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Cheesy Toy Knockoff June 9, 2005 by Rudy Panucci

The Wacky Knockoff Game

This edition of Cheesy Toy Knockoff features a rarity. Board Games hardly ever get blatant knockoffs because it's hard to make the knockoff game different enough without crossing the line into actionable swiping of the intellectual property in terms of the rules. Also, it's hard to copy a game effectively and keep the finished product cheap. It's even more rare for an electronic gimmick game to knocked off, since they're more expensive to produce and there are only a hand full of successful games to rip off.

Which makes today's knockoff quite remarkable. Meet "Dr. Surgery Game", which is "Battery Operated", a fact that lets them put the word "Operated" right next to the logo. Why would they do this? Well, Dr. Surgery is a crude, laughable, knockoff of Milton Bradley's timeless classic, Operation, the Wacky Doctor Game.

Even more remarkably, I found this winner at Dollar Tree, a store wherein all that glitters is a buck, and so is all the crap, too.

Dr. Surgery is blister packed, and is pretty tiny for a knockoff of Operation. The plastic game board measures about four by six inches, and is about an inch deep. The real treat, in terms of cheesiness, is the weird way in which the manufacturers mimicked the actions of the real Operation game, but did so on the cheap.

The Doctor Surgery game does not have the red, light-up nose of Operation, nor does it have the buzzer. Dr. Surgery works by vibrating insanely if you touch the tweezers to the metal backing. This is QUITE JARRING. The first time you try it, you will be shocked by how loud this thing is. It's like the poor patient is taking some kind of anti-freeze- induced seizure.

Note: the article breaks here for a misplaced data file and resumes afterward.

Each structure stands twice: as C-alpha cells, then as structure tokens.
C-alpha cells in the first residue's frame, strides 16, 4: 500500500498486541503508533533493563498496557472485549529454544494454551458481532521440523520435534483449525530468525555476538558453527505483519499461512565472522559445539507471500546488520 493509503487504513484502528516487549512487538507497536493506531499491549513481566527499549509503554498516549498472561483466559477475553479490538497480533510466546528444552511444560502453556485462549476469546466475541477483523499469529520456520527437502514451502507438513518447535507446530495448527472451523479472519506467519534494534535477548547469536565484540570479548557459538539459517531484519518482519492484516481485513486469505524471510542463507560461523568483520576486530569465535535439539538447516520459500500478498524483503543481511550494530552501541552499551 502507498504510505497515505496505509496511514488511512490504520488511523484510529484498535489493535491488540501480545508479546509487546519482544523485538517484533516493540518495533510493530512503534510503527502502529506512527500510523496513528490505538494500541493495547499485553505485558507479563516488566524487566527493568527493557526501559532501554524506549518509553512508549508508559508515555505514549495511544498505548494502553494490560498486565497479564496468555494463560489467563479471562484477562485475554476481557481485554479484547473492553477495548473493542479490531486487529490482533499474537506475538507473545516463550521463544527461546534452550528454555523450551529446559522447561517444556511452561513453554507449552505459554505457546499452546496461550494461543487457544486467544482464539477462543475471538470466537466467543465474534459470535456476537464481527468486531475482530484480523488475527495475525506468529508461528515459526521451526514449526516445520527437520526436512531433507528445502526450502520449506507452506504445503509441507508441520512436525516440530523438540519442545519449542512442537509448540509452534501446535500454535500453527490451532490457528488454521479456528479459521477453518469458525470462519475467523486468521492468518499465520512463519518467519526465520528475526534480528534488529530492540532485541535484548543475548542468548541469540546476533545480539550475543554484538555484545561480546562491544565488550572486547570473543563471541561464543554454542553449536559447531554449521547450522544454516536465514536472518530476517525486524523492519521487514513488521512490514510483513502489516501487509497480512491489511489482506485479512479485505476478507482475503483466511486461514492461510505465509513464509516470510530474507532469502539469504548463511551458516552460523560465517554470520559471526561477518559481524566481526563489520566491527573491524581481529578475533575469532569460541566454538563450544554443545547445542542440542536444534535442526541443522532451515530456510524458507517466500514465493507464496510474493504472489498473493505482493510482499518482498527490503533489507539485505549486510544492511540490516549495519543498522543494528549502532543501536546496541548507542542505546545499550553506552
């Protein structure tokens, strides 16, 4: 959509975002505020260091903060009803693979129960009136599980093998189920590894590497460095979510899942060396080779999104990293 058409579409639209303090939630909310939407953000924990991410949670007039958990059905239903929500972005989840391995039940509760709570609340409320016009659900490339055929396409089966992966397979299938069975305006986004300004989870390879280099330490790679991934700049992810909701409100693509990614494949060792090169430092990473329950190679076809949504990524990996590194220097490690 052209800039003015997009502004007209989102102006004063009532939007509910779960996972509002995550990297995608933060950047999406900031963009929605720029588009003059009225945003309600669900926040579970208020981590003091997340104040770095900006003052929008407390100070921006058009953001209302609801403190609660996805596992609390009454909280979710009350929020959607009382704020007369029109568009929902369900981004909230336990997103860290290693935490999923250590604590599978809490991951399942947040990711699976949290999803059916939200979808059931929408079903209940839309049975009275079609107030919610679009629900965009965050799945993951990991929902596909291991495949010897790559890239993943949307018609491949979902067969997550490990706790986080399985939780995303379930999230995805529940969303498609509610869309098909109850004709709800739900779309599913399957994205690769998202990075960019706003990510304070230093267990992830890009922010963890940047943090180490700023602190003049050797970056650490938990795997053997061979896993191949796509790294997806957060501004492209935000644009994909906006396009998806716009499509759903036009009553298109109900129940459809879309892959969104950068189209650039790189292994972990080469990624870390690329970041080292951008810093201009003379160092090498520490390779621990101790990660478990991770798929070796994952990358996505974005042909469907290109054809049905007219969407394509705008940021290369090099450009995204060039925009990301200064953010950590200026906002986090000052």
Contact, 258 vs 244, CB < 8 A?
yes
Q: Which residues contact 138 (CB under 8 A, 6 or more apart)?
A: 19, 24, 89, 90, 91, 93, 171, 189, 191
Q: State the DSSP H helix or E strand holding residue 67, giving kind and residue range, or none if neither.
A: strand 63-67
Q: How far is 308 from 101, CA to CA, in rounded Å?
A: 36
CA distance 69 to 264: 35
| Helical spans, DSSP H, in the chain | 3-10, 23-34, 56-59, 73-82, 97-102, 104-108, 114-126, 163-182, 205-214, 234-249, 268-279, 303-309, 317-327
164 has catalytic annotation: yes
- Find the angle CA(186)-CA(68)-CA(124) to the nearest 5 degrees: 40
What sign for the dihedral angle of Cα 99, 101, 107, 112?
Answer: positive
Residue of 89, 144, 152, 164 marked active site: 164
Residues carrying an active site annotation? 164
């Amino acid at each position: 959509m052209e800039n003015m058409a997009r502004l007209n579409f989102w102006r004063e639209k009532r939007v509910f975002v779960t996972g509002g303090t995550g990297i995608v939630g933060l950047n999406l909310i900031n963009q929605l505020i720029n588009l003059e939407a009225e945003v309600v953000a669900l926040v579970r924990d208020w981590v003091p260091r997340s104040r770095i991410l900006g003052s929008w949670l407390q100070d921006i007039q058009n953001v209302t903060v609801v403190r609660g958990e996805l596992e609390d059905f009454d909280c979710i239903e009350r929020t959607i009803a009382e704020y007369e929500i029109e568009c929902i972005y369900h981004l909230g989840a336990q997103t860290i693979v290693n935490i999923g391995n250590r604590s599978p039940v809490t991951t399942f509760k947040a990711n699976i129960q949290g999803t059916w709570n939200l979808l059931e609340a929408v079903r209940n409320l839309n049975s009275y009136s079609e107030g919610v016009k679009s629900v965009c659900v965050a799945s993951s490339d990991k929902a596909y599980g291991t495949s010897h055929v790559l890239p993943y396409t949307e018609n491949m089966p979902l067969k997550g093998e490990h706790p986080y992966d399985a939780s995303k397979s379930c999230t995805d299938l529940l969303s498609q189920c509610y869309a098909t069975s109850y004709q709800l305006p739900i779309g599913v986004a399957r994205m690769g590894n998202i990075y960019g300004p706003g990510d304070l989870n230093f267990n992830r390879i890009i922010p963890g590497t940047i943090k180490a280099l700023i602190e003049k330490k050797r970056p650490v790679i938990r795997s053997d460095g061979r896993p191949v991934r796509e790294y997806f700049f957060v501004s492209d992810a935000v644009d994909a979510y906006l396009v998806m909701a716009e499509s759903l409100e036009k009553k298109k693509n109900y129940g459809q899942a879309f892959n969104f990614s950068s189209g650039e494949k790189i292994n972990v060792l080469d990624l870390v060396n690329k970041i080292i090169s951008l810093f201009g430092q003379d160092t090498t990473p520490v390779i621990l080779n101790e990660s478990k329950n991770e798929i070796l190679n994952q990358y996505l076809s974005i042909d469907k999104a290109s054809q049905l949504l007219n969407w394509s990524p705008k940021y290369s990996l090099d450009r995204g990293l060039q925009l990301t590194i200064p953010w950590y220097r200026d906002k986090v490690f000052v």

What makes this even more frustrating is that there's no way you can master this game without putting in a few weeks of practice. The wells that hold the various organs are not very deep, and the metal that you have to avoid is NOT on the walls surrounding the offending parts, rather it is the floor supporting those pieces. And the tweezer doesn't really open wide enough to pick up all the pieces.

And we have to address the organs. They are, to quote the Waiter from Monty Python's "The Meaning Of Life", "wafer thin". Seriously, these tiny plastic body parts aren't as thick as a dime. And what might these body parts be? Well, they look like little red kidneys and hot dog wieners. All of them look like that, even the ones that go in his arms and legs. I would go so far as to seriously impugn the integrity of the anatomical expert that was engaged to develop this game.

Then we get to the rules. They're printed on the back of the package. The first statement is "Players try to pick up the indicated pieces with using the tweezers." Now, I'm a fairly bright fellow (at least I like to think so), and for the life of me, I could not find anything, anywhere, to "indicate" anything. There are no cards or a spinner or anything. You just get the game board, the attached tweezers, and the body parts. Nuthin' else.

According to the rules, each body part has a number, which gives you your score. The numbers are barely visible. You have to look at them under an electron microscope under a sun lamp, but the numbers are there.

Then we get to the poor patient. The guy looks so despondent. It's like he's depressed because he knows he's on a cheesy knockoff. I guess if I had wieners for armbones and kidneys in my legs I'd be depressed too. This poor guy looks like he ought to come with a living will that asks you to take his batteries out.

And then there's the name, "Dr. Surgery". Isn't that just a bit redundant? I mean, if you're doing surgery, aren't at least acting like a doctor? Wouldn't "Surgery Game" make more sense?

Ultimately, this crappy little game is a gem of cheesely goofiness. I mean, what kid could ask for Operation, get this game instead, and not be permanently emotionally scarred? You gotta admire the sheer chutzpah of the folks responsible for this mess for ripping off such an easily- identified game, doing it in such a slap-dash manner, and having the guts to put their name on the package! This particular cheesy knockoff is distributed by Greenbrier International Inc. of Chesapeake, Virginia. THEY ACTUALLY PUT THEIR NAME ON IT!

You know, if Milton Bradley catches wind of this, maybe they can do a sequel, "Attorney Lawsuit Game: Battery Litigated".